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Old 08-06-2011, 05:01 PM
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Default pine needles instead of tree fern fibers

I was wondering if pine needles, if microwaved to kill bacteria, fungus etc, then shredded in food processor, could be used or if anyone has used them instead of tree fern fibers in abg type mixed with kitty litter for their substrate. I wondered since orchid bark is only pine bark anyways. Any thoughts?
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Old 08-06-2011, 05:05 PM
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Default Re: pine needles instead of tree fern fibers

You would be better off to boil and then bake them. I don't think that the microwave would get rid of everything, but I am not certain that they are safe at all. Honestly you might as well just get some stick (twigs) just break them up into little pieces and do the same thing.

I would stay away from pine anything.
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Old 08-06-2011, 05:05 PM
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Default Re: pine needles instead of tree fern fibers

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Originally Posted by vjf000 View Post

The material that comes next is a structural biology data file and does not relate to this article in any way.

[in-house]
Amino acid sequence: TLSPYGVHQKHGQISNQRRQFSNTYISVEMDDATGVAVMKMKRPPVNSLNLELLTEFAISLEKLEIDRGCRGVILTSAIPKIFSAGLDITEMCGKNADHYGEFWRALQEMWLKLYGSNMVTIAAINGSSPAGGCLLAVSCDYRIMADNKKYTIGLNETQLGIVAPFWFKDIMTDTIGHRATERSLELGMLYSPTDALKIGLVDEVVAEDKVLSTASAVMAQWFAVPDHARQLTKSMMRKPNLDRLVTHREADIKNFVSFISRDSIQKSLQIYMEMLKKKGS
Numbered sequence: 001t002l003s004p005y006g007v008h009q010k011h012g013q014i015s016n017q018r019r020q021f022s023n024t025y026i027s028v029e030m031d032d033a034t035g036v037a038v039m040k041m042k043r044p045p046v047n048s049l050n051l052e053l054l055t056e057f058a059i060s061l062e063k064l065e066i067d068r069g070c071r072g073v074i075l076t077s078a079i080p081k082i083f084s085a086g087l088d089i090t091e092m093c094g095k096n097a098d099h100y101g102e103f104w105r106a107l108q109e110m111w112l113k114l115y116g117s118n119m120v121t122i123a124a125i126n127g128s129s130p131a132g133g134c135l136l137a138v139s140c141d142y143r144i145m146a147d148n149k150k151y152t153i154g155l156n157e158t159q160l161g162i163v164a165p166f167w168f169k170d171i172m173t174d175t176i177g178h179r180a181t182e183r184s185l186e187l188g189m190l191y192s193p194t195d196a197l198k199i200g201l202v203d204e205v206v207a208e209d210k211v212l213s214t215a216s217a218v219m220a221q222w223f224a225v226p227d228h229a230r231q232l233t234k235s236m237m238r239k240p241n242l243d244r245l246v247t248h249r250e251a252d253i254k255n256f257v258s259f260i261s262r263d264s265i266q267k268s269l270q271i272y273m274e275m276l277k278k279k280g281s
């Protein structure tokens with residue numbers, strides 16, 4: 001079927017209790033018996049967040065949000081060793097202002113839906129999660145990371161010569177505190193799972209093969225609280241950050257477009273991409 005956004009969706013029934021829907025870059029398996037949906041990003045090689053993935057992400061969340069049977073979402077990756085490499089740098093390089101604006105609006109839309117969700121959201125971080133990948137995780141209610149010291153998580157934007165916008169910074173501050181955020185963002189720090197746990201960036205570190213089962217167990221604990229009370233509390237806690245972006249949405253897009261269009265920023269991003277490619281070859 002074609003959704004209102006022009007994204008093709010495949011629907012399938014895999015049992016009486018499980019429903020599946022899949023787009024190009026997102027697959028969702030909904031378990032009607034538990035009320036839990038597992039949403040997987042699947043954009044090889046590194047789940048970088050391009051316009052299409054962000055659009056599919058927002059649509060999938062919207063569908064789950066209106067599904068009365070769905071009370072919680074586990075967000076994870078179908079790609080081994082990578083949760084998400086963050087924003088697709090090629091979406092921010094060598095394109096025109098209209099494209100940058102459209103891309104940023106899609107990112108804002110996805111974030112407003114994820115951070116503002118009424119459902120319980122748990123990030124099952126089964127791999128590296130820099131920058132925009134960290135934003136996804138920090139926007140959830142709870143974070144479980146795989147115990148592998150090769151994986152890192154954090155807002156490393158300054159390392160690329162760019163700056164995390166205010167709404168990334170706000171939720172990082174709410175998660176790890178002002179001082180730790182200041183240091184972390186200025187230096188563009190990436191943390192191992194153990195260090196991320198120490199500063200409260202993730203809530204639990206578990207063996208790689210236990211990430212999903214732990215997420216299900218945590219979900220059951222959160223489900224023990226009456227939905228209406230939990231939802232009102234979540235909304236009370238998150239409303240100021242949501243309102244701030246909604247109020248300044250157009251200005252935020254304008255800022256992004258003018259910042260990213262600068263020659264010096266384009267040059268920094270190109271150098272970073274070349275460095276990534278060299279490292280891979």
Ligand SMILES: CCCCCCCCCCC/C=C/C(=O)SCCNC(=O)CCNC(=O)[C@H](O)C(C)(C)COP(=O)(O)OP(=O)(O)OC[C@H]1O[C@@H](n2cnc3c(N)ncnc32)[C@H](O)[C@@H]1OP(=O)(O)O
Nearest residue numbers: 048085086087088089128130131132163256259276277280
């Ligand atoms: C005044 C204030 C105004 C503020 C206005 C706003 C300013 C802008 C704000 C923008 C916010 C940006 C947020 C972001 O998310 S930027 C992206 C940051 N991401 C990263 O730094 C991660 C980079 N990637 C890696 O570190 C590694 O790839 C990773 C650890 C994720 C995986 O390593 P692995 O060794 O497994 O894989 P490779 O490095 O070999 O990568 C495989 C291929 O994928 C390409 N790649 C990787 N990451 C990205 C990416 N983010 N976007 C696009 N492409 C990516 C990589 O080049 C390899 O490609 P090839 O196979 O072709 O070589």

I was wondering if pine needles, if microwaved to kill bacteria, fungus etc, then shredded in food processor, could be used or if anyone has used them instead of tree fern fibers in abg type mixed with kitty litter for their substrate. I wondered since orchid bark is only pine bark anyways. Any thoughts?
I know some people use them as a winter mulch for sarracena, though I forget the exact reason why. But they tend to be rather aromatic, and very acidic.

making me doubt their suitability
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Old 08-06-2011, 05:07 PM
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Default Re: pine needles instead of tree fern fibers

Although they may increase the acidity of the soil, I don't think pine needles would be a good idea due to the tannins they leach out. If you do a quick google search, papers will come up about the inhibitory effects of pine tannins on microbes and other soil organisms.
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Old 08-06-2011, 05:48 PM
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Default Re: pine needles instead of tree fern fibers

thanks, i think i'll mix kitty litter, twigs boiled and shredded, large coconut substrate, coir, and leaves on top, no false bottom, maybe some sand too.
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Old 08-06-2011, 05:56 PM
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Default Re: pine needles instead of tree fern fibers

if your looking for something to replace tree fern, I would probably try shredded epiweb, then just cover that substrate with a thin layer of the same mix without it. That way you don't have to worry about your frogs coming into contact with it.
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Old 08-06-2011, 05:57 PM
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Default Re: pine needles instead of tree fern fibers